Article9 August 2018Reading time 4 minutes

GBP: A bit of Brexit, a bit of seasonal weakness

GBP: Current weakness may be due to seasonal factors

The pound weakened to its lowest level against the US dollar and euro since Sep/Oct 2017 yesterday – with the independent GBP weakness since last week’s Bank of England rate hike in part reflecting the switch of focus by investors towards heightened no-deal Brexit risks. Indeed, when a UK cabinet minister puts the odds of a breakdown in Brexit talks at 60% – that is difficult for any investor to ignore (even if one sees this as political posturing). However, we wouldn’t be too hasty in apportioning all of GBP’s weakness towards increased Brexit uncertainties. Not only are we in a thin summer market, we also note that seasonality trends over August do not favour the pound; the currency has posted seven significant monthly losses (>0.5%) against the US dollar over the last nine years – with the average move in GBP/USD over the last nine Augusts being -0.97% (note the equivalent metric for GBP against the EUR is -0.98%). Depending on how you spin it, one may argue that GBP’s move lower this month is temporary and likely to correct once we get through the summer period. Alternatively, further weakness may be on the cards should the noise around a no-deal Brexit pick-up in the coming months. We sit in the latter camp for now – and have pencilled in GBP/USD falling to 1.27-1.28 (EUR/GBP to 0.91-0.92) in 3Q18. But if momentum takes us to these levels too quickly, then risk-reward would favour positioning for GBP upside under the Brexit status quo.

USD: Geopolitical flare-ups may see investors flock to the dollar

Politics continues to wreak short-term havoc in global FX markets – and to the extent where we’re questioning whether any currency is truly safe. With the US and China going back and forth on tariffs, perennial uncertainty over the White House’s next trade move, US sanctions on Russia and Turkey, rising tensions in the Middle East and Europe masked by Brexit and Italian political risks – there is no getting away from the summer of geopolitical angst (at least for those of us stuck at our desks). Even Canada has been caught up in the geopolitical cross-fires this week, with reports that Saudi Arabian officials have actioned a fire sale of Canadian assets (though we see limited fallout for the Canadian dollar, with positive Nafta news far outweighing). In Russia, the rouble looks set to stay under pressure in the coming months as the US mood turns darker ahead of November mid-terms. One bill in the Senate prohibits participation in new Russian sovereign bond issues. All this geopolitical noise may keep the USD bid in the near-term (The dollar index anchored around 95).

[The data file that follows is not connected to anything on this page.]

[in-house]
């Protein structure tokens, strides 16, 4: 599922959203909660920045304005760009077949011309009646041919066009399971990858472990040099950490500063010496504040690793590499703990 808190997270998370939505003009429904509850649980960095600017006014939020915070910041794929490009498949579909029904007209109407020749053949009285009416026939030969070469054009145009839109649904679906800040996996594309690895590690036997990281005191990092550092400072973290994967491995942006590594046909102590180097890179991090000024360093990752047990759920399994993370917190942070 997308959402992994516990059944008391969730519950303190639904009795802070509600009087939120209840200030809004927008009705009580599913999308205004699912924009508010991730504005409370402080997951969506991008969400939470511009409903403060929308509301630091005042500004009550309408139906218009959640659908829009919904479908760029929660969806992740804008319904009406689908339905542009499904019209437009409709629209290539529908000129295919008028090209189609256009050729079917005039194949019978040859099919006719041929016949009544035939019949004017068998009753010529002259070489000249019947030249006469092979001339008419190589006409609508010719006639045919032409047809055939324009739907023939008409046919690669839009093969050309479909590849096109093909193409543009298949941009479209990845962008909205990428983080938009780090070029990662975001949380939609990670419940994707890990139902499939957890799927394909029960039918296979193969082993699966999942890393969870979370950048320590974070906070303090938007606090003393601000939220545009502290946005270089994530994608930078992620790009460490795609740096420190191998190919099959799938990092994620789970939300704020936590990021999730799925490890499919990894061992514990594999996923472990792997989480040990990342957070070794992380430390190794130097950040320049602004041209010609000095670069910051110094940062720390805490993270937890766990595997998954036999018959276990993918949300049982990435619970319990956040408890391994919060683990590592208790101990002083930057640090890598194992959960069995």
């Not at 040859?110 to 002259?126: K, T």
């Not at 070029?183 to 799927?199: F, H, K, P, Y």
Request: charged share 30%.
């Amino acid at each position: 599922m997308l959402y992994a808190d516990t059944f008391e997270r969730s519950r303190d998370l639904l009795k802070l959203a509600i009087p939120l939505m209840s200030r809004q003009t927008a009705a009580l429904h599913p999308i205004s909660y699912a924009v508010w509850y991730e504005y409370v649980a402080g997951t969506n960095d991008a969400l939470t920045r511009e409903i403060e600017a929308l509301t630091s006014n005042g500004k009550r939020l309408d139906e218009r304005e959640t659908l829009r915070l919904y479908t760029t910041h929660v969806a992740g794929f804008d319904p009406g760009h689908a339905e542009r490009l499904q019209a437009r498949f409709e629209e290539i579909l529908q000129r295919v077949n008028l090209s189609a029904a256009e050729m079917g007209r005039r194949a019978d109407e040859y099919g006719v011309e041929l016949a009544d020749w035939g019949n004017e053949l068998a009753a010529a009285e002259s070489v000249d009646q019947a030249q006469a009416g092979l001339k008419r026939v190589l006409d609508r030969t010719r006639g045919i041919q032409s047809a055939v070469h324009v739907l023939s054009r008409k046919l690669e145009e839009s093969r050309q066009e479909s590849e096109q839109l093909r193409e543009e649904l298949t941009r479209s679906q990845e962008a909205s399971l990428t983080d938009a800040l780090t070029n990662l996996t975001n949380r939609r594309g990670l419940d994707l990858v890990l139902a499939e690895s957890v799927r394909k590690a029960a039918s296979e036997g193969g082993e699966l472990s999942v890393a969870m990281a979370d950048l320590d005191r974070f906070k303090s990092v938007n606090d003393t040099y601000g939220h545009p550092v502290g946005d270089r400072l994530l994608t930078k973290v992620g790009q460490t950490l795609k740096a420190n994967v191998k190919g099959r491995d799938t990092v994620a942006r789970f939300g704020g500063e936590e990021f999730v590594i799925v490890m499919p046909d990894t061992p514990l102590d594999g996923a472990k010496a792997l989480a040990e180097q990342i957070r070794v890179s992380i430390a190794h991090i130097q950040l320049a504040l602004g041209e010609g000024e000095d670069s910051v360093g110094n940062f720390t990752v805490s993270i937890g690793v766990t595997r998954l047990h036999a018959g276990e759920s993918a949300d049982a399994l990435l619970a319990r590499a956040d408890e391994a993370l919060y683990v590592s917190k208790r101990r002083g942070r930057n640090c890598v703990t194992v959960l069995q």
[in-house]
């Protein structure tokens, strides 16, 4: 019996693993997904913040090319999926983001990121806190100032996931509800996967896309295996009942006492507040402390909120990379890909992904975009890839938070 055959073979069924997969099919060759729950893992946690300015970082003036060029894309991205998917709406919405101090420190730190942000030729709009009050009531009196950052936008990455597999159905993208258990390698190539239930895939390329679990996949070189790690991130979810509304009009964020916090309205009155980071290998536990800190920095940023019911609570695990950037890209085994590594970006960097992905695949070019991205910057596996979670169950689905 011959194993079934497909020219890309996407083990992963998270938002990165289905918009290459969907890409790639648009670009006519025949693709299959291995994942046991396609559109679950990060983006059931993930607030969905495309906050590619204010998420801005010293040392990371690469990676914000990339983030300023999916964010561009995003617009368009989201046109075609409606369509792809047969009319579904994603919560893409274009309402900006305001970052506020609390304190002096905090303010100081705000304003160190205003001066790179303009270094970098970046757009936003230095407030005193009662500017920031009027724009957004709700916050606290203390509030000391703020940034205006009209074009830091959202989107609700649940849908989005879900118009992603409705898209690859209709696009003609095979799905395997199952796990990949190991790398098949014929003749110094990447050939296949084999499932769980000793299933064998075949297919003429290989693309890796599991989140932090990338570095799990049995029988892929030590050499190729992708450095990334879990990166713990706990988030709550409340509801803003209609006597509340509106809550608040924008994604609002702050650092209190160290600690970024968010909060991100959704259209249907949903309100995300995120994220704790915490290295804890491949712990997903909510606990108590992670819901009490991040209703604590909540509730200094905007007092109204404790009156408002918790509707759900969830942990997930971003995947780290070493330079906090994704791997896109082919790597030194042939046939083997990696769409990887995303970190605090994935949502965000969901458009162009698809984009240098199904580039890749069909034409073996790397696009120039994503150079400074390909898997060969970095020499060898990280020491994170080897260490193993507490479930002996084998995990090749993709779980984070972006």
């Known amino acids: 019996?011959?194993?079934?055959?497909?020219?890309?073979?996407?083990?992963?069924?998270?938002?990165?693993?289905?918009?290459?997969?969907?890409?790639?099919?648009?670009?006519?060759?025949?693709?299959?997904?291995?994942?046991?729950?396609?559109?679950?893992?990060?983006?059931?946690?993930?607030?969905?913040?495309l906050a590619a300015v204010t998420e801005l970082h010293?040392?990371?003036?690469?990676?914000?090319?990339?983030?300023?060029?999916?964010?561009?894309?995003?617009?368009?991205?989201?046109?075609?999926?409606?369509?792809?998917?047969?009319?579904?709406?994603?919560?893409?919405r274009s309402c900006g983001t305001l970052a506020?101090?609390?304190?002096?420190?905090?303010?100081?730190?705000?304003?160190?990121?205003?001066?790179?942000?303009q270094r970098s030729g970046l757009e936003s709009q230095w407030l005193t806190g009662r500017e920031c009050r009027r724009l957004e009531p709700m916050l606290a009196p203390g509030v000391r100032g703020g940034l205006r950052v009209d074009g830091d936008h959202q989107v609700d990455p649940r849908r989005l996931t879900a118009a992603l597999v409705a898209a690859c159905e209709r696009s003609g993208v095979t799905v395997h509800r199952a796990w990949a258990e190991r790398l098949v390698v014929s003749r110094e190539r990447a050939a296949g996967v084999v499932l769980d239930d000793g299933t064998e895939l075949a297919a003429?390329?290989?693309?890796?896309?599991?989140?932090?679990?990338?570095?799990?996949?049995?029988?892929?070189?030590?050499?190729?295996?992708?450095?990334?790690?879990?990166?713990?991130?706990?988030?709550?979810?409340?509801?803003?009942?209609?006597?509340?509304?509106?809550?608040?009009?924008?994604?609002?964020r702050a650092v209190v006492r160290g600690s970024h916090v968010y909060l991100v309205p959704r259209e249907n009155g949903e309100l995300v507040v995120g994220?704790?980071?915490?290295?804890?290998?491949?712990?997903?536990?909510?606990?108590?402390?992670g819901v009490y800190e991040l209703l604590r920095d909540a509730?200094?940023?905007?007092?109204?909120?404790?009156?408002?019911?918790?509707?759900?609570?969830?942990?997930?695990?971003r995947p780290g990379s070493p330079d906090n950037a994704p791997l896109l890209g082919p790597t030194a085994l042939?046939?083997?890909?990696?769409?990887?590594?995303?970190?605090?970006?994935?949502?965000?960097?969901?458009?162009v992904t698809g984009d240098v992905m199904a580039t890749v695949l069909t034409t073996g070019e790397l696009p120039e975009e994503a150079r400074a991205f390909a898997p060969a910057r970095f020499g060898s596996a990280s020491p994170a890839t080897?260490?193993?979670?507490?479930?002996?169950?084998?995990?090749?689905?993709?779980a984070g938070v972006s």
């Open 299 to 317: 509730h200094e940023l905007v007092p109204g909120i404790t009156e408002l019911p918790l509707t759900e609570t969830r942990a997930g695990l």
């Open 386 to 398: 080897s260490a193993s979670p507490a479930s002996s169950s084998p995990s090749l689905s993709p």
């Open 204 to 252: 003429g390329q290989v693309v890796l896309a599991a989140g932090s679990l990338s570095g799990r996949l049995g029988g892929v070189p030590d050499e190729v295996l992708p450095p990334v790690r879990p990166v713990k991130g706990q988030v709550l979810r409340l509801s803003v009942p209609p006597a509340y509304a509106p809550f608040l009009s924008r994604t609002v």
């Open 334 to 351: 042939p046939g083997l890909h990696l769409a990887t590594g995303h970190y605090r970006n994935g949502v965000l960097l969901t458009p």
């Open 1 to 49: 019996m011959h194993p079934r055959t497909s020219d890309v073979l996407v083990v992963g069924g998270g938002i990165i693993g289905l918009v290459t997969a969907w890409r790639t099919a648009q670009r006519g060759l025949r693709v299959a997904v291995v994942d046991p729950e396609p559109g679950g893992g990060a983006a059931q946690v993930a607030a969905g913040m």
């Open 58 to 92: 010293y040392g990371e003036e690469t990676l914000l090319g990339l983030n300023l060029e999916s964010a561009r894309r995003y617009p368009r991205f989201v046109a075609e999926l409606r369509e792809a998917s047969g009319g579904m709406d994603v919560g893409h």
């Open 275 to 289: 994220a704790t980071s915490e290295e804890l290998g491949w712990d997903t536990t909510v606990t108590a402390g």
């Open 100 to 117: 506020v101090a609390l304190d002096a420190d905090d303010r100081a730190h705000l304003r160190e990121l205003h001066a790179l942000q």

EUR: Monthly ECB bulletin may provide some insight into policy thinking

While it’s a quiet day for data, we will get the European Central Bank's monthly economic bulletin published later today (1000 CET). Look for EUR/USD to stay anchored below 1.16.

NZD: RBNZ’s no appetite for a rate hike message being heard loud and clear

The overall message from the Reserve bank of New Zealand meeting overnight was broadly the same – with officials noting that the next policy move could be up or down. However, there was a big dovish signal in the RBNZ’s flatter-for-longer projected path for the OCR – with the central bank now not foreseeing a rate hike until late 2020 (around 12 months later than what was anticipated at the May meeting). This dovish shift in the RBNZ’s projected OCR path was enough to see NZD/USD take out the 0.67 support. We may see further kiwi weakness as markets adjust to a central bank that has no appetite to hike – but we note that there is hardly any tightening now priced in over a two-year horizon. This may limit kiwi’s short-term pain.